Asiana Boeing 777 crashes upon landing at San Francisco International Airport

Saturday, July 6, 2013

Smoke coming from the wreckage of the Asiana Boeing 777 at San Francisco International Airport.
Image: Jkhoo.

An Asiana Airlines Boeing 777 airplane crashed upon landing at San Francisco International Airport around 11:30 AM local time today. Flight #214, coming from Seoul, carrying 291 passengers — including one infant, and 16 crew members — crashed on runway 28L. Two deaths are reported and 10 passengers were taken to San Francisco General Hospital critically injured. In total, officials report 181 people were hospitalized and one person remains unaccounted for.

It is reported that when the airplane took off from Seoul, smoke was coming from the airplane. The weather was good as the plane was landing in San Francisco. According to David Eun, a passenger on the airplane and the executive vice president of Samsung, the tail came off of the plane upon landing. A non-passenger witness, Anthony Castorani, has reported that a fireball formed upon the plane landing and that the plane flipped over. A large portion of the passenger area of the plane was on fire and has burned out. Most of the plane's tail is gone. Passengers were seen using emergency slides to escape the wreckage.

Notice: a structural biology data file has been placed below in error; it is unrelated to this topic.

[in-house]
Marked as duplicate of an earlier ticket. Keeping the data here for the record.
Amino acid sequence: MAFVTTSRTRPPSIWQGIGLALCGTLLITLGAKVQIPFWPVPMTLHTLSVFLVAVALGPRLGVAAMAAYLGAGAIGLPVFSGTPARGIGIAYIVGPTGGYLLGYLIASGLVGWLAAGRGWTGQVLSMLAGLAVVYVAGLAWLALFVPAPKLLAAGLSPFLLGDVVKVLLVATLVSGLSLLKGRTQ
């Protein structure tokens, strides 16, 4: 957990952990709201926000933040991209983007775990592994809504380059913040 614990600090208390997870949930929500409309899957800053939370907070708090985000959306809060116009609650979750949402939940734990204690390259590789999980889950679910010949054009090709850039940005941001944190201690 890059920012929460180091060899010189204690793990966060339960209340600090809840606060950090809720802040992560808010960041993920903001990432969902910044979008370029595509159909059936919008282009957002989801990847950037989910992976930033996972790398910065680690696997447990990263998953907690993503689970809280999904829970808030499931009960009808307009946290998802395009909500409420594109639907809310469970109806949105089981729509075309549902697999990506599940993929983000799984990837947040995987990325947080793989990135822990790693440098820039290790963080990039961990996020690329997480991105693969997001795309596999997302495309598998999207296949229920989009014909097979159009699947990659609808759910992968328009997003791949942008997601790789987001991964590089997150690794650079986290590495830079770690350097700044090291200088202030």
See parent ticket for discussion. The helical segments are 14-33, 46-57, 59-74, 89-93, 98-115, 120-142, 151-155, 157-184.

The cause of the crash is unknown. There have been no reports stating that the airplane pilot made distress calls before the accident. Law enforcement does not believe the accident was the result of terrorism or criminal activity. The National Transportation Safety Board will be investigating the crash. Deborah Hersman will lead the investigation.

The airport was closed to all incoming and outgoing air and vehicle traffic until 3:30 PM local time, when it opened 2 runways. Over 330 flights were canceled at the airport. More than 70 flights headed to San Francisco were not allowed to land at the airport and were sent to other cities. Some flights have been diverted to Sacramento International Airport and Delta Air Lines has canceled 10 flights to and from San Francisco. United Airlines and Virgin America offered passengers the opportunity to change the flights at no extra cost until Monday.

Sheryl Sandberg, Facebook Chief Operating Officer, was supposed to travel on the Asiana flight. She rescheduled, along with colleagues, her flight to fly on United Airlines instead. Her flight landed 20 minutes before the Asiana crash.

A Boeing 777 can hold as many as 300 passengers. Asiana is the second largest airline in South Korea.